In 1949, Mouni Sadhu spent several months at the ashram of Ramana Maharshi, (Sri Ramanasramam) in Tiruvannamalai situated at the foot of the sacred mountain Arunachala in South India, worshiped since ancient days as the physical manifestation of Siva. He had spent the years since 1946 earnestly pursuing the quest of the Self ( Overself ) as taught by the Maharshi. That coupled with the earlier years of his inner striving in pursuit of Truth and Realisation qualified him as one well prepared to sit at the feet of the Great Rishi whose life and teaching were those of a genuine spiritual Master decreed to humanity in this our modern world. He describes his experiences beautifully in his book In Days of Great Peace. There Mouni describes how his contact with the Maharshi and his earnest striving for attainment caused him to attain nirvikalpa samadhi. In all of Mouni Sadhu's subsequent books, he paid tribute to Ramana Maharshi describing him as "the last Great Rishis of India." 'the modern Great Rishi of India' etc.

Of his first widely published book In Days of Great Peace, Mouni Sadhu says of it in his 'Introduction to the First Edition'; "I have not tried to write down any of the 'teachings' of Maharshi, as they can be found in many books. My purpose is to record that which the latter do not yet contain, namely, the real experiences of an average man, who wanted to know for himself what the presence of a great Sage means and what its influence is. I had read so many descriptions by pupils who were clever in classifying the qualities and teachings of their Masters, that I should have known at least in theory, what may be expected in the presence of one of Them. But all theories, all acquired knowledge, falls into dust when one stands face to face with a perfect man." In fact Mouni Sadhu was very careful, accurate, thorough and specific in his references in regard to the teachings of the Maharshi; "As well as the words of Sri Maharshi spoken in my presence, I have used quotations from the published teachings of the Sage, which were revised and acknowledged by him." All quotations and sources of Sri Maharshi's teaching given by Mouni Sadhu can be relied upon and proven to be completely accurate and authentic, despite false claims to the contrary.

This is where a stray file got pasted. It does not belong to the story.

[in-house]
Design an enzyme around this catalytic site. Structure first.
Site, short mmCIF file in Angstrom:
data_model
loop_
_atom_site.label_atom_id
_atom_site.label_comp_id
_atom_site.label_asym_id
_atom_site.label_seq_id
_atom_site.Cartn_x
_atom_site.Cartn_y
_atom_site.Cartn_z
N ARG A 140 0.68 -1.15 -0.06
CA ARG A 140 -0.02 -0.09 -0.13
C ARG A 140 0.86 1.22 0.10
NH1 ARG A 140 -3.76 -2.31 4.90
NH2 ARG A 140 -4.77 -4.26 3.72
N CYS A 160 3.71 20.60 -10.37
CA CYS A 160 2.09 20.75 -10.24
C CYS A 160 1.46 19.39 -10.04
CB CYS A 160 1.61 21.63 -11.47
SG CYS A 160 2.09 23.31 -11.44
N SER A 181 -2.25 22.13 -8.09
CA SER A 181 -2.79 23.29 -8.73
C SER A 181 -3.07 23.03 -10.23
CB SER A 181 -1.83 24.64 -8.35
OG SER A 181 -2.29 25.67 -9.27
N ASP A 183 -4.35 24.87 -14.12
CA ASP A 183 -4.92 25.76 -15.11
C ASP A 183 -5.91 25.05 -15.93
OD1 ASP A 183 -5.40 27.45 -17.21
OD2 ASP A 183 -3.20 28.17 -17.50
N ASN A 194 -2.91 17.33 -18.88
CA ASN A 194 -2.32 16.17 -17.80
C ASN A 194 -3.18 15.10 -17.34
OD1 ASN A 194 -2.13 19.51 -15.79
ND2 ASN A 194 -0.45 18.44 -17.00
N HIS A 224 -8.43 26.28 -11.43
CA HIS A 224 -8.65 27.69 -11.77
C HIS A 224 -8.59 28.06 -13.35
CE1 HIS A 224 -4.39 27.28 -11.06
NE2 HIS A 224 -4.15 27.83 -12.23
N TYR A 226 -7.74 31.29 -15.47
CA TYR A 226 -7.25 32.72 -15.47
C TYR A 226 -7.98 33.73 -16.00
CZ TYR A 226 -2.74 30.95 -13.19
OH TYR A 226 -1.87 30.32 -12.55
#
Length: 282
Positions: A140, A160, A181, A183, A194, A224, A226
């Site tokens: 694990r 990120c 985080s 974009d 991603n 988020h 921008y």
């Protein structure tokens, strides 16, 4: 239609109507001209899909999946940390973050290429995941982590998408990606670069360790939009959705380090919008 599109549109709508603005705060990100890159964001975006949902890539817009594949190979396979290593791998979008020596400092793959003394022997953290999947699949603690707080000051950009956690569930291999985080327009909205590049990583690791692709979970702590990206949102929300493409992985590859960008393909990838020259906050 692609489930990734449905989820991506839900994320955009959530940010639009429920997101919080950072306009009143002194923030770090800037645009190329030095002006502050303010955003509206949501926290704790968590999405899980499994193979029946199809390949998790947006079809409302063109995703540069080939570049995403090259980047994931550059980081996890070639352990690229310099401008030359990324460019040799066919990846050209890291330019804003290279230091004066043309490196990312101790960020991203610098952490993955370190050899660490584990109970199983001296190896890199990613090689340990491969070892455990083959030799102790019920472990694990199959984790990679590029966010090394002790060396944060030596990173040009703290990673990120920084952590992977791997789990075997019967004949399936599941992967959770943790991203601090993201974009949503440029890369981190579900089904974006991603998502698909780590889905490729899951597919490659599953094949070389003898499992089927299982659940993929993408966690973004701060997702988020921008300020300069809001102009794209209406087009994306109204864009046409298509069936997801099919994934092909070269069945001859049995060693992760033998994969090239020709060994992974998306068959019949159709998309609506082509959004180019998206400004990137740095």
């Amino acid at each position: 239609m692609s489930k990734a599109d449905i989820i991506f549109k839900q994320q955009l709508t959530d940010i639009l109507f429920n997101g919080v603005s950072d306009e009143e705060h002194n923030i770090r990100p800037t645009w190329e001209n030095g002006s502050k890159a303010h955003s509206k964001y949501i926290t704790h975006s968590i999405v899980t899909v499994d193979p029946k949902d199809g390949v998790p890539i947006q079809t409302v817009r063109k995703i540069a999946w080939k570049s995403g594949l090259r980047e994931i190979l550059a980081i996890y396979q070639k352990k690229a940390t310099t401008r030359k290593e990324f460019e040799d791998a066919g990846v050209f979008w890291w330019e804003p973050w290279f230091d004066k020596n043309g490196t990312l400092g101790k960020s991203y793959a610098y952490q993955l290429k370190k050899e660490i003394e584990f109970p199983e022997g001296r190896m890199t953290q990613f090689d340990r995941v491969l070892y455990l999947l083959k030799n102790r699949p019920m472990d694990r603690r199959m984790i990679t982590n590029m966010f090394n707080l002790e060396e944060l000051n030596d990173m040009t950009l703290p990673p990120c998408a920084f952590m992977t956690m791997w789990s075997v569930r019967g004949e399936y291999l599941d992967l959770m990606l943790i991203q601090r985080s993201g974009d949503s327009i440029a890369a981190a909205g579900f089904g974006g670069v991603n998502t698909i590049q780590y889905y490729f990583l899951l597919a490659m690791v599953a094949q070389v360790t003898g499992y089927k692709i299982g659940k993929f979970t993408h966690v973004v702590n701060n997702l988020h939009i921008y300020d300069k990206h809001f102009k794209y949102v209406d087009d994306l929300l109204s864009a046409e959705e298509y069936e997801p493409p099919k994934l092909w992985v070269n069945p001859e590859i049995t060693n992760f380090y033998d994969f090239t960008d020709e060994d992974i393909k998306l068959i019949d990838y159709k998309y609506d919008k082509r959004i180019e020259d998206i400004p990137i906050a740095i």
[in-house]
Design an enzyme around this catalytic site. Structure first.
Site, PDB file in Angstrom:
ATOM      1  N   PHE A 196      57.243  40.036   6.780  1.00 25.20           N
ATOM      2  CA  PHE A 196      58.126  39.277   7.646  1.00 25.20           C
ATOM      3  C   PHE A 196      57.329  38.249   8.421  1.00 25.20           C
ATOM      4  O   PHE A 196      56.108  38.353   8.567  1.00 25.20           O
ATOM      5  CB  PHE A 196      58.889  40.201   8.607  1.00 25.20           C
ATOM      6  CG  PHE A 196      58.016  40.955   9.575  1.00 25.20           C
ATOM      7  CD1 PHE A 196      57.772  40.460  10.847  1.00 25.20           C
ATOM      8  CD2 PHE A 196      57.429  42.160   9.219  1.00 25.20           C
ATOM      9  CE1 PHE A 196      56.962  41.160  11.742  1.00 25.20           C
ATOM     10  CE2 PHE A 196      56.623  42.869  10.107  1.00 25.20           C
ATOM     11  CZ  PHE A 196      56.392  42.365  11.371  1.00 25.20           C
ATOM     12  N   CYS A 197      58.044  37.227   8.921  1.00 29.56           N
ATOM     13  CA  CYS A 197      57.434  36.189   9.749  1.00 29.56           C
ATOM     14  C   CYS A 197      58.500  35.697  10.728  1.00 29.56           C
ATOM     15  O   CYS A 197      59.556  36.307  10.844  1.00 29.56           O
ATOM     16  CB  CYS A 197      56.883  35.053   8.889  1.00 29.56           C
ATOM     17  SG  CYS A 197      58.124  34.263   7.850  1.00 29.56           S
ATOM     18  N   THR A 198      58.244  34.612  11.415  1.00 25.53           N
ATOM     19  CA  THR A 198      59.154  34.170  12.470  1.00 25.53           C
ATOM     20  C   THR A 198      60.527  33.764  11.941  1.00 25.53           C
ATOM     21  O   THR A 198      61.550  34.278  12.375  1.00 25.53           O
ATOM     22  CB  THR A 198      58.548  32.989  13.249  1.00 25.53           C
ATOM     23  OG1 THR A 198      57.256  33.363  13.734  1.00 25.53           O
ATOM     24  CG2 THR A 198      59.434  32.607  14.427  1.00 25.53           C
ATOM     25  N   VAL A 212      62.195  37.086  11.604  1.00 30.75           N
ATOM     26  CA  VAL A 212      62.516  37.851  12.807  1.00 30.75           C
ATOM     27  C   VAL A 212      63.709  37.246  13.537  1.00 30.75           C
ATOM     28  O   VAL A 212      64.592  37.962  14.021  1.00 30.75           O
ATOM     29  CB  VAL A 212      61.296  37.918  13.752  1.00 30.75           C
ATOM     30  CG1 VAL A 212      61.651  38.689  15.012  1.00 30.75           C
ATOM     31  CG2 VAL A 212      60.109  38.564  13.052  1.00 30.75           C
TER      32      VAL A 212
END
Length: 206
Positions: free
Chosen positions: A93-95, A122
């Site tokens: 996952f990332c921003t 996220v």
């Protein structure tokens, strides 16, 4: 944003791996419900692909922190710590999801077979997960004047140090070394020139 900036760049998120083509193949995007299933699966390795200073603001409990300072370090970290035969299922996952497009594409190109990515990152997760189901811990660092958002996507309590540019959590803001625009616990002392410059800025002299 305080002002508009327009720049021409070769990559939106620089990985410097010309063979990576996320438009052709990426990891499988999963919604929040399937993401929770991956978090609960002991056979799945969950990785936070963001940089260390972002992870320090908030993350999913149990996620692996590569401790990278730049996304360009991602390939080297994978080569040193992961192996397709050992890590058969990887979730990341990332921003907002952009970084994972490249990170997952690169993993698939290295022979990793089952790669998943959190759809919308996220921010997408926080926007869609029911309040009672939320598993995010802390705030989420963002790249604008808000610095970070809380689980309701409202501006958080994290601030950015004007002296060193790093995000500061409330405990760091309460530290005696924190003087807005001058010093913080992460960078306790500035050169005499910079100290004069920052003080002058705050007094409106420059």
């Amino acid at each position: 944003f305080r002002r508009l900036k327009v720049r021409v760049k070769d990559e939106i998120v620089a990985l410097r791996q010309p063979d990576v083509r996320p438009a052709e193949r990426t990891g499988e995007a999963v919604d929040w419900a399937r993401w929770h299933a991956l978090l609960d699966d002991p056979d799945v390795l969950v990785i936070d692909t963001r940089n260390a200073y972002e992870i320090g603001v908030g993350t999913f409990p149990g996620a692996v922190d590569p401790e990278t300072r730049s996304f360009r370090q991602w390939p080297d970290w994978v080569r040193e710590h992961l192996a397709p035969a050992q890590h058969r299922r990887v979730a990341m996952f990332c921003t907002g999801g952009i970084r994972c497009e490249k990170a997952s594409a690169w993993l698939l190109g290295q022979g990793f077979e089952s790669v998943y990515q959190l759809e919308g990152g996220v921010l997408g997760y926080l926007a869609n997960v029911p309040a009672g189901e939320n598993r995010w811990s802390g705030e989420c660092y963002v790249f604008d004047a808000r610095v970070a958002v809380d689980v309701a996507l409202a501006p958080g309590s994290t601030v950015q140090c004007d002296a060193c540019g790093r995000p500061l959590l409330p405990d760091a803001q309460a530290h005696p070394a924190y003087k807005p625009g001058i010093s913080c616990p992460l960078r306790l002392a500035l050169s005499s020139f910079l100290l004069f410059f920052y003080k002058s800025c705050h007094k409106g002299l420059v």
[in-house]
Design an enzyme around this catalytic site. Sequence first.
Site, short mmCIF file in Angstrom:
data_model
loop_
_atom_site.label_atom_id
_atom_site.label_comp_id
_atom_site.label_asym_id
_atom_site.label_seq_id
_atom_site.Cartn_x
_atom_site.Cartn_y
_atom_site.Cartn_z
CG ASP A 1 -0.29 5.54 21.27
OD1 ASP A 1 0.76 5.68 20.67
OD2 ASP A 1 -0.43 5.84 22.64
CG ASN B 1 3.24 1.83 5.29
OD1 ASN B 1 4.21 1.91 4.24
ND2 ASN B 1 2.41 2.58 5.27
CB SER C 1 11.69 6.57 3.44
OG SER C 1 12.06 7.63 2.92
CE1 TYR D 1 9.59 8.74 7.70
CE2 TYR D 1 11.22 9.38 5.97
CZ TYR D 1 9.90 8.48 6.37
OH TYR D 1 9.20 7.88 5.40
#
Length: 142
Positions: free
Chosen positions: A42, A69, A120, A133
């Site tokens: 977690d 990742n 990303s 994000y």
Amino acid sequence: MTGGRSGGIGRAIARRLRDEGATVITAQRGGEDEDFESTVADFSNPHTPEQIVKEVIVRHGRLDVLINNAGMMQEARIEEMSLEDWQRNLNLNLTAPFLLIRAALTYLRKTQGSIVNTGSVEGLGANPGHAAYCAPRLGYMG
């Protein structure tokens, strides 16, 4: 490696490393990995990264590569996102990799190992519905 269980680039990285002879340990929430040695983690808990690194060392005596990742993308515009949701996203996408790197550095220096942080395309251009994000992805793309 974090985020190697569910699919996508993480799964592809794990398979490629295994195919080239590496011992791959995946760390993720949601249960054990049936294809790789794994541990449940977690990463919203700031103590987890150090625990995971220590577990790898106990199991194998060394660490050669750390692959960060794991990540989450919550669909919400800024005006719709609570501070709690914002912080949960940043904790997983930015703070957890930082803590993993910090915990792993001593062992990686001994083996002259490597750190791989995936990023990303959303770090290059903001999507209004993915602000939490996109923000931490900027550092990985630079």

The first three books widely published by Mouni Sadhu form part of what he calls his 'Mystic Trilogy'. Furthermore, in the foreword to his last book (not including Initiations which was a translation) Meditation: an Outline or Practical Study, in describing that works relationship to Concentration and Samadhi, he says: "....the present work is like a continuation of the two just mentioned, and I writing on the assumption, that its two forerunners are well known to you. It would be impossible to repeat in Meditation the material previously expounded in other books."

In a letter to Thomas Merton in 1967, humbly requesting him as a spiritual brother, to consider writing a foreword to a planned book of his to be published as Contemplation: an Outline for Practical Study one can see both the development of a continuous theme and the intrinsically practical nature of these works dealing with the deeper and inner aspects of spirituality. Thomas Merton was not in a position to accept such an offer and the book was not published. It was Mouni Sadhu's translation of Initiations that was to be his last published work.